I think we are being called a Naturally Occurring Retirement Community.
Not a "senior" building but lots of retirees and about to retirees...
You will seriously overlook a great, reasonably priced option in your search.
You certainly won't find a more reasonably priced option...
Here's one 3 bedroom, currently on the market. There are more and there are one bedrooms with garden views.
You know how happy I am helping to tend The Secret Garden @ 377!Someone you know has been waiting on a "move in" 3 bedroom at Harrison Park Towers, the wait is over!Just coming on the market! Gardeners are especially welcomed!!!A Line, East and South facing. 12th Floor! City Views! Spectacular Sunrises and fully brilliant city at sunset!Being offered at $139k with a monthly fee of $1970. Fee Includes: Real Estate Taxes, Electricity, Water, Heating and Cooling, 24/7 Door personnel. The Secret Garden @ 377, Shuttle to Brick Church, Shuttle to Grocery, staff to maintain this 21 story building, snow and lawn services. (Eliminates your sewage and waste removal fees.)
(Message for connection to seller. I am not a RE Agent. just love this garden and building and need more helpers!)The fee also includes a share of the building’s mortgage and real estate taxes, making a percentage potentially deductible on your income taxes.Join the migration to East Orange, 20 units now occupied by former SOMA Residents(Message for connection to seller. I am not a RE Agent. just love this garden and building and need more helpers!)
A One bedroom, 14 J, is currently available and my across the hall neighbor! Garden terrace! Call our office about this one or Michele Chiles-Hickman, ABR, CRSBerkshire Hathaway Homeservices NJ Props695 Bloomfield AveMontclair, NJ 07042www.ComeHometoJersey.comDirect: 201-463-0958
AARP has a lot of information available on how to make your home more accessible for older residents as we age. Check out their website. Afraid of falling? Remove trip hazards. Add simple handholds. Trouble with stairs? Add a stair lift or ramp. Mobility issues requiring a walker or wheel chair? Wide door ways, lower counters, This my not be the answer you want to hear. You may not like the idea of them remaining in their home at this time; but, they need to know all the options available to them. SOMA Two Towns For All Ages recently held a forum on this topic with lots of helpful handouts. Check with Cathy Rowe at SOMA Two Towns For All Ages to see if she still has copies.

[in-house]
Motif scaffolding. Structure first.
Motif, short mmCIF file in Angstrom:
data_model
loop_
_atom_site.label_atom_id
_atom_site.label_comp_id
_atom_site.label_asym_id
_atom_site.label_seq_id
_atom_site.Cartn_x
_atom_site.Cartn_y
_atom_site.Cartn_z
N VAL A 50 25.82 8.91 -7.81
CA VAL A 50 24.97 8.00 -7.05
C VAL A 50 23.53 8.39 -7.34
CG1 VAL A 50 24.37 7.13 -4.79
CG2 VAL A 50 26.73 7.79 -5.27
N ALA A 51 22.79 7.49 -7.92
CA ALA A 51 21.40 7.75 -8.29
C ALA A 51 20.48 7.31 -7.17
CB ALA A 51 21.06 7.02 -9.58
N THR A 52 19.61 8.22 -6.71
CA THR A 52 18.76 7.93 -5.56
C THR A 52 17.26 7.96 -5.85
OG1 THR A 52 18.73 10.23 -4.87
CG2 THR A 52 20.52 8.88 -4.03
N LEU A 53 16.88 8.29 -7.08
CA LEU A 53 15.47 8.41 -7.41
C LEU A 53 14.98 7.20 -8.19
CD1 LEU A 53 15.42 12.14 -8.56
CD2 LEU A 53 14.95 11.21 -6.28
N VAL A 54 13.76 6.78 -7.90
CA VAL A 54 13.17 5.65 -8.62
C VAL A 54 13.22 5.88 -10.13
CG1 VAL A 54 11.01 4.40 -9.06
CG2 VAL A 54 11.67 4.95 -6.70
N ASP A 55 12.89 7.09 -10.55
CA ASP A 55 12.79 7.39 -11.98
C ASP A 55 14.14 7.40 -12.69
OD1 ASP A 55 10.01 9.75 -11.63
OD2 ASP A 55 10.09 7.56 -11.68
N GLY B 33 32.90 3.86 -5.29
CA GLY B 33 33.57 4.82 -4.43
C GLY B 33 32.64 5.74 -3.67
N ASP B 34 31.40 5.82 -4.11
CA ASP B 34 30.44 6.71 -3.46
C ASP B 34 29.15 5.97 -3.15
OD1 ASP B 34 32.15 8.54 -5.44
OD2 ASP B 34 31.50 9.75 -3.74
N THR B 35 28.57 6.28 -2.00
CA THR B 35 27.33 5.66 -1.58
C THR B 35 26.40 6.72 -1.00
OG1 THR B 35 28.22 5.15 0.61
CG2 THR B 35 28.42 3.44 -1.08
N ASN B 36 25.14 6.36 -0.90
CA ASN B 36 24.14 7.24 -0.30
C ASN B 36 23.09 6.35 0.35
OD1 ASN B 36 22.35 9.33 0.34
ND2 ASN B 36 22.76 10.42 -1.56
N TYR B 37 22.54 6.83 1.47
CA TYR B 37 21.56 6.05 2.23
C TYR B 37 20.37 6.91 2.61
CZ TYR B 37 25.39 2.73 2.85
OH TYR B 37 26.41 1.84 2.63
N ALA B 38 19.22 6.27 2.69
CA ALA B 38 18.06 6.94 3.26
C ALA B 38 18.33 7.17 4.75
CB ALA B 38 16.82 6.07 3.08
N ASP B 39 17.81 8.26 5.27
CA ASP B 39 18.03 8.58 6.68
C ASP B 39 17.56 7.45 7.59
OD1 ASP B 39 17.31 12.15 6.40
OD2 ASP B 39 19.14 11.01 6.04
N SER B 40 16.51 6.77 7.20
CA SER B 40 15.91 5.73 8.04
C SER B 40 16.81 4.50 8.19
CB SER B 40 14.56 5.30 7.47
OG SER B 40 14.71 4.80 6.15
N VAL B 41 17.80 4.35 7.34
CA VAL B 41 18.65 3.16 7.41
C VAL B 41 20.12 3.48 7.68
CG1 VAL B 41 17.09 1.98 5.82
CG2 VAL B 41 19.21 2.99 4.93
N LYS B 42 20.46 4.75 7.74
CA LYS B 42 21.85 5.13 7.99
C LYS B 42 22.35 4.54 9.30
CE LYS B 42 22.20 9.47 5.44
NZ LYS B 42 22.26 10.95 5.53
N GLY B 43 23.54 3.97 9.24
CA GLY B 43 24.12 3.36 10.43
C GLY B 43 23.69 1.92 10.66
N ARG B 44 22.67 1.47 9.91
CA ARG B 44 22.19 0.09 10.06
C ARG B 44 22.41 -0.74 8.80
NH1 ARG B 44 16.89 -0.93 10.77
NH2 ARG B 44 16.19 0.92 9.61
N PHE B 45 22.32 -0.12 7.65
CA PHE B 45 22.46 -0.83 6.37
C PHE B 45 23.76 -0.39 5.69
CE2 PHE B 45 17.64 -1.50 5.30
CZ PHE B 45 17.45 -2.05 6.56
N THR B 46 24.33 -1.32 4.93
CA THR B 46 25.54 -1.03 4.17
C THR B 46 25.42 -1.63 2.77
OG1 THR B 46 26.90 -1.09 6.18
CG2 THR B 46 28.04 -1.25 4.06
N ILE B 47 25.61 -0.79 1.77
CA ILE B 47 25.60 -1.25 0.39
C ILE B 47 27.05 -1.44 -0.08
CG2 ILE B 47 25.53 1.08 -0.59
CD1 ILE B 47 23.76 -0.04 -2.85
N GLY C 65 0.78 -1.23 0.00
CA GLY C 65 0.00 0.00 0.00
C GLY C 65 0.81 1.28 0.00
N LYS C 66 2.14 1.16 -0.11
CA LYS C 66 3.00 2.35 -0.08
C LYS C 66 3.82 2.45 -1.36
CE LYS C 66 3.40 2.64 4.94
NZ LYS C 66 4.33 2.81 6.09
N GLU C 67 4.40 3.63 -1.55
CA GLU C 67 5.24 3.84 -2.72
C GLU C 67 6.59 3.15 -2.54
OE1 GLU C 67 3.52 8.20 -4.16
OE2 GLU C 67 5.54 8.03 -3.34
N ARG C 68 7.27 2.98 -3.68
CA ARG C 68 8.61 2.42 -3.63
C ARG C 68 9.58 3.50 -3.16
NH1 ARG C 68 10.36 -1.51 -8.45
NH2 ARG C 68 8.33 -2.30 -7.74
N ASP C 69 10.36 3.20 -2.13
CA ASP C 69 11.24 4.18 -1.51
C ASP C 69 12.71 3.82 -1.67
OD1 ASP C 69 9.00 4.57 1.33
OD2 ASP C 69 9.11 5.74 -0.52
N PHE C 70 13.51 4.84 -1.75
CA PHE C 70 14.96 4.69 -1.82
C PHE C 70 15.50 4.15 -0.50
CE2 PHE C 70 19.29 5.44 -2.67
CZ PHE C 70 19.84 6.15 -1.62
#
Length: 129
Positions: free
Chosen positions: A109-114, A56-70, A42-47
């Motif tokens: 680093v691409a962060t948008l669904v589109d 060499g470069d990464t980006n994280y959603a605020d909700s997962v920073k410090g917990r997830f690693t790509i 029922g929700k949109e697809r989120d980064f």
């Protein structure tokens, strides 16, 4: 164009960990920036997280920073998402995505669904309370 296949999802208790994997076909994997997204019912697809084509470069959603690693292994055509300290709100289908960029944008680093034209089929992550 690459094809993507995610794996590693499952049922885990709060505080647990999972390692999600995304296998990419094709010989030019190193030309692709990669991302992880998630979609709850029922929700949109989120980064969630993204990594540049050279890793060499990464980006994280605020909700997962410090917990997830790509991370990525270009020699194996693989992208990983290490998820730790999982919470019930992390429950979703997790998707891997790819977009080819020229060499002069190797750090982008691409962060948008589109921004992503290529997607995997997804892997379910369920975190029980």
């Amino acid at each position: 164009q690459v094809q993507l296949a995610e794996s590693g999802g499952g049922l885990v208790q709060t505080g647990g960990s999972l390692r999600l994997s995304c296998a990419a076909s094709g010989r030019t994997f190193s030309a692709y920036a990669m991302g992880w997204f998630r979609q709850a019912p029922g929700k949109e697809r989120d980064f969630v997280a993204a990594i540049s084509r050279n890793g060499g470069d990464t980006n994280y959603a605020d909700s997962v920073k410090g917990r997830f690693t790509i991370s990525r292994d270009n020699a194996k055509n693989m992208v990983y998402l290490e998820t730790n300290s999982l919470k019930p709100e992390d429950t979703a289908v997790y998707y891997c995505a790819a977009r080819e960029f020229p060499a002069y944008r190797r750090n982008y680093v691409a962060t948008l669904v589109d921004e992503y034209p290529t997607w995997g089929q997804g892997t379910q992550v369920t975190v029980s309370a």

Edited to add: A copy of AARP's Home Fit Guide can be found at AARP.org/homefit.
I think that some insurance companies will even provide a home inspection for safety for free.
Steve said:I think that some insurance companies will even provide a home inspection for safety for free.
So will some municipalities.
Piggybacking on this very timely thread.
After years of trying to convince my parents to leave the high ranch they’ve lived since it was built in 1969, a few health setbacks have made them realize it’s no longer an option to stay.
They had wanted to purchase in an active adult community, but also now realize they need to move into accessible housing immediately, so they will need to rent.
It seems the only active adult rental communities near us are the Enclave in Livingston and Spring Hill Manor in Springfield.
Am I missing any? I want them to be able to stroll around safely since both need to be more active. They don’t want steps and it would be safer to have a shower in lieu of a tub and it seems many rentals just have tubs.
I was going to suggest you might be able to make do with a bath seat over a tub, if the place is worth it for a short while. But then I remembered you'll soon have winter coming along (brrr!), and anyway not all tubs accommodate bathseats (that's why we had to get rid of our seat).
I hope something comes up.